A year after snagging an FDA nod for its Proteus-partnered digital schizophrenia pill, Otsuka is teaming up with Click Therapeutics on a digital treatment for major depression in a deal potentially worth $305 million.
Otsuka will “commit capital to fully fund” the development of Click’s mobile application, dubbed CT-152, for major depressive disorder (MDD) and to market the app worldwide, the companies said. Specifically, Otsuka will hand over “up to $10 million” in an upfront fee and regulatory milestones and about $20 million in development funding, with another $272 million in commercial milestones up for grabs.
“CT-152 is a software application (app) that will leverage evidence-based cognitive therapy principles and Click’s patient engagement platform to treat patients either independently or in conjunction with prescribed pharmacotherapies,” the companies said in a statement.
“Our goal is to deliver evidence-based cognitive therapies to a broader population of patients with MDD than is currently feasible, due to the challenges of a shortage of mental health professionals and limited time for them to conduct cognitive therapy,” said Kabir Nath, president and CEO of Otsuka North America Pharmaceutical Business Division at the pharma company’s U.S. subsidiary, in the statement. “We are proud to be one of the few pharmaceutical companies that continues to invest in developing medicinal and digital products for the treatment of mental illnesses, and we are doing so by breaking down barriers and collaborating with leading therapeutic technology companies, such as Click, which share our vision.”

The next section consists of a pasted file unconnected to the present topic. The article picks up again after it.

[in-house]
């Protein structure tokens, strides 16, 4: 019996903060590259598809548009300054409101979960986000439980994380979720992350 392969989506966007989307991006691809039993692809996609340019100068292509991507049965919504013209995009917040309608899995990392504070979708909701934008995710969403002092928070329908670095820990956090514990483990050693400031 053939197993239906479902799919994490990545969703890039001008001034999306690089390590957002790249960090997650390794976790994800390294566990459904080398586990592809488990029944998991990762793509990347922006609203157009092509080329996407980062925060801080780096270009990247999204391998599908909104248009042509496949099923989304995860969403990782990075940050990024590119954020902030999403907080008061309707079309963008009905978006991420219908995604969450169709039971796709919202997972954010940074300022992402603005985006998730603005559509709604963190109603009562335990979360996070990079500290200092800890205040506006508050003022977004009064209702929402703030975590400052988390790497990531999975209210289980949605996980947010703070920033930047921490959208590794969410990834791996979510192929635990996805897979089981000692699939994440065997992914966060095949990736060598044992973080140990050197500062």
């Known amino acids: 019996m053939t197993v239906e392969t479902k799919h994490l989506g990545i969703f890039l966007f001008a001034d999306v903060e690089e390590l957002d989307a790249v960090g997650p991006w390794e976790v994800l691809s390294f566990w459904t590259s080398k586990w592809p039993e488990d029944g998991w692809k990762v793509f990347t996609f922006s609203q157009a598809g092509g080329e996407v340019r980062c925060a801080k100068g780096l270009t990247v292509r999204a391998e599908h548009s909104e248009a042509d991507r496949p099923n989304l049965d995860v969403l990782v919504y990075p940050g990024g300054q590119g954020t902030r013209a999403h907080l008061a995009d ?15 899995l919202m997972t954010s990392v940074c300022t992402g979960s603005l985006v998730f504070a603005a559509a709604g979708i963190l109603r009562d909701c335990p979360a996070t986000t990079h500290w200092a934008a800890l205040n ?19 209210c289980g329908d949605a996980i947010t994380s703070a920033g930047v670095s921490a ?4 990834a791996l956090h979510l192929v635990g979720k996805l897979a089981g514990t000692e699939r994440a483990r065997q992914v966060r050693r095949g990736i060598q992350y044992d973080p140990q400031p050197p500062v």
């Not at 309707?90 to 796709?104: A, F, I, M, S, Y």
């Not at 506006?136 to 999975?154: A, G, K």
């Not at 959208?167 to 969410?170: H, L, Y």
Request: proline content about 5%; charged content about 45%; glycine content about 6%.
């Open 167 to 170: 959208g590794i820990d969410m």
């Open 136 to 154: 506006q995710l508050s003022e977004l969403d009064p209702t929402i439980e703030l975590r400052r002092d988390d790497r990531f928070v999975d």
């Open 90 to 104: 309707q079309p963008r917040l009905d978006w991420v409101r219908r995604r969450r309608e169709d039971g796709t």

New York-based Click raised $17 million last July to advance its online platform of “prescription digital therapeutics.” In addition to its depression treatment, Click is also working on digital therapies for insomnia, acute coronary syndrome, chronic pain and smoking cessation.
Its lead product, Clickotine, is a phone app designed to help people stop smoking using input from Magellan Health, a behavioral healthcare company. The app offers services such as live coaching, access to nicotine replacement therapy and personalized messages to keep users on track.
The Click collaboration comes nearly three months after Otsuka and Proteus Digital Health expanded their partnership for another five years. Otsuka paid Proteus $88 million to help fund a portfolio of new digital medicines focused on mental health, including continuing commercial work for their digital pill, a sensor-enabled version of the drug Abilify, that was approved by the FDA late last year.
That treatment, Abilify MyCite, didn’t have the smoothest road to approval—the FDA knocked it back in 2016 with a complete response letter asking for more data showing the targeted patient population can use digital pills safely and effectively. But it eventually earned approval in November 2017 for schizophrenia, acute treatment of manic and mixed episodes associated with bipolar I disorder and for use as an add-on treatment for depression in adults.